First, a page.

Abayomi Shogunle, an assistant commissioner of police, says Nigerian lawyers are more active on social media than in courts.
Shogunle said this while speaking to Channels Television on the #EndSARS campaign.
He said some lawyers prefer to complain about issues online instead of taking concrete action where necessary.
There has been a social media campaign to ban the Special Anti-Robbery Squad (SARS) over allegations of intimidation and harassment.
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“Unfortunately, Nigerian lawyers are more active on social media than they should be active in courts,” he said.
“You see a lawyer tweeting about violence on social media where he can actually do a pro-bono case because part of the things they will use in giving you a senior advocate of Nigeria (SAN), is that you must have done some cases for people free of charge, instead of charge.
“Instead of young lawyers going to court to pursue a career or to improve on their profession by taking such cases to court if you believe it is a case, they will rather prefer to come to social media and be typing all sorts.
“The courts are there and thank God they are working… The judiciary is completely independent of the executive arm of government so the fact that people are not going to courts, I think should be enough reason for us not to take them seriously.”
Shogunle added that the #EndSARS campaigners have failed to take their complaints to court simply because they do not have evidence to tender.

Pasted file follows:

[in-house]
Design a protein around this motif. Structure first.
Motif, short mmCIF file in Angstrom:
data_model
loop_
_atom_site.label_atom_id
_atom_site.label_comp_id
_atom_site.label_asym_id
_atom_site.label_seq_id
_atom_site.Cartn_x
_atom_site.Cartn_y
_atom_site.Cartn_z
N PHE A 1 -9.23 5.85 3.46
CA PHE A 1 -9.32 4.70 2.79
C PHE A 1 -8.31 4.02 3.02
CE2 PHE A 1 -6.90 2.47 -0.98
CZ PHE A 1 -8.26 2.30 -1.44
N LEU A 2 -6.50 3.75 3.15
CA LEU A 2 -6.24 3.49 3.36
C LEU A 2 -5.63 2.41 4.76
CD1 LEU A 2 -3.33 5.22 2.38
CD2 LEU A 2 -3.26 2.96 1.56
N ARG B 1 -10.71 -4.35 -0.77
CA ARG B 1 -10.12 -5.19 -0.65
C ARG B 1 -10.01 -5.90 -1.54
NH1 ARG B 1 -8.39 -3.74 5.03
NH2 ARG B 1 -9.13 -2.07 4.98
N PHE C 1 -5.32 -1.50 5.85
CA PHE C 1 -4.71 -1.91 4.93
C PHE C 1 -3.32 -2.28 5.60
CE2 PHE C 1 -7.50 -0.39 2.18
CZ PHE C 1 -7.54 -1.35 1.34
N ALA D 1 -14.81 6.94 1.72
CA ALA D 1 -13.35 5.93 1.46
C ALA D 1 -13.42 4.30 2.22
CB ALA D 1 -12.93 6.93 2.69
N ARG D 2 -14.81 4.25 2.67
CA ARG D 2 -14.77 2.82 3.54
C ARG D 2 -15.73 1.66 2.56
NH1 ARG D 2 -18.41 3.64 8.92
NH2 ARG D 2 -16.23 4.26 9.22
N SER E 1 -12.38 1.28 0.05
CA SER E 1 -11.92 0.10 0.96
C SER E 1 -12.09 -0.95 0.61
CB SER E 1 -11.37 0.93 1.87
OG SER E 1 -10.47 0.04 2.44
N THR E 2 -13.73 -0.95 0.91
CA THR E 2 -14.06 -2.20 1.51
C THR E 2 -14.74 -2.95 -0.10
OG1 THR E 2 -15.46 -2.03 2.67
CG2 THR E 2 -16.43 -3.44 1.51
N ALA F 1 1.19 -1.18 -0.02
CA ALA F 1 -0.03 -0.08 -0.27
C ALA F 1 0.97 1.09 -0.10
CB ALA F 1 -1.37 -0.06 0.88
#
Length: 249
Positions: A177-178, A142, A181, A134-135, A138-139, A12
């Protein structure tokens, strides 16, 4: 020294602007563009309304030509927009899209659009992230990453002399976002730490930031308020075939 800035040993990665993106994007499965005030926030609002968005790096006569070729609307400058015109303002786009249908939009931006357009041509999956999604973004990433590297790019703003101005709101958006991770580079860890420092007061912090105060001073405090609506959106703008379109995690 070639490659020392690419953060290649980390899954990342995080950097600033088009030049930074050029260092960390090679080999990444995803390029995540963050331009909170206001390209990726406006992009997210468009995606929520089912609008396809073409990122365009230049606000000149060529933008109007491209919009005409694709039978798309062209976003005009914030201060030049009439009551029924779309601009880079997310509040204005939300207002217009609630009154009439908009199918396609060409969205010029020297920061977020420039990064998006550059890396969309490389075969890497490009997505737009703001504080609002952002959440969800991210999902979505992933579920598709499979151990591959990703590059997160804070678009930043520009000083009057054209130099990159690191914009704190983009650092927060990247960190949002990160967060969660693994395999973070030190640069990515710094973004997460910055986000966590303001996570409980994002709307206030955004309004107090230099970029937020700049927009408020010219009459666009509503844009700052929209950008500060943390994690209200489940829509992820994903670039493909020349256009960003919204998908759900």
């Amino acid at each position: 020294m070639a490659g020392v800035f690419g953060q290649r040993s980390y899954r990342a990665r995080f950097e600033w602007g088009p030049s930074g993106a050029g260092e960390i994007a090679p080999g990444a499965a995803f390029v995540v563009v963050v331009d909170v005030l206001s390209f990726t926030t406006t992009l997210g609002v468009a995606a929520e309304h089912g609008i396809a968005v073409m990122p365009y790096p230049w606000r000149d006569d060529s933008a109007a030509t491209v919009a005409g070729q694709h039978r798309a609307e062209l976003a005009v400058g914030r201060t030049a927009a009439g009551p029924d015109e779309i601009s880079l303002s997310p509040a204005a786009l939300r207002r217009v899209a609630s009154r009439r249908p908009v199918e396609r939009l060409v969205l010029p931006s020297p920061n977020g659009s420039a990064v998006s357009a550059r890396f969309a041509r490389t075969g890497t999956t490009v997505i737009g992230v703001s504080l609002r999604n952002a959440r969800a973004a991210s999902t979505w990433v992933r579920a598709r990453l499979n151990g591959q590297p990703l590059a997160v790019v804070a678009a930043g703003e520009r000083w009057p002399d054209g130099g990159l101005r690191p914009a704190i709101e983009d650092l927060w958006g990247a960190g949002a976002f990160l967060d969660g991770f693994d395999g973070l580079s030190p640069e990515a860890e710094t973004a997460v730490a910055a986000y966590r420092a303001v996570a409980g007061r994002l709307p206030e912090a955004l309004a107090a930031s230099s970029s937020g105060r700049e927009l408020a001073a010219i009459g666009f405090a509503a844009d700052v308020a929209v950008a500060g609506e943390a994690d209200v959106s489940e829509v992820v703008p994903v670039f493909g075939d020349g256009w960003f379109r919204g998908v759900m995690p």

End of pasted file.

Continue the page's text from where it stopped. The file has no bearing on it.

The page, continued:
“Courts are still working in Nigeria, how many of such cases have you taken to the court for redress,” he questioned.
“Some have done that and in some cases, the court has awarded damages that the police should pay while the court has thrown out some other cases, having lacked merit.
“So, if you have any issue with the police, you can completely disregard reporting to the police and go straight to the court.
“Why are people not going to the courts? because they don’t have evidence or the facts they will use to pursue their cases.”
He said there is a proper structure in place in the police to address criminal cases, especially those involving SARS officials.
“There is a commissioner of police, here in the force headquarters who is in charge of SARS operations nationwide and the commissioner of police reports to the deputy inspector-general of police in charge of operations and every state command has officers in charge of SARS,” he said.
“Some of them are assistant commissioners of police, others are chief superintendents so that’s the structure.
“Once there is any case, they are given directives, they look into it and they carry out their investigation.”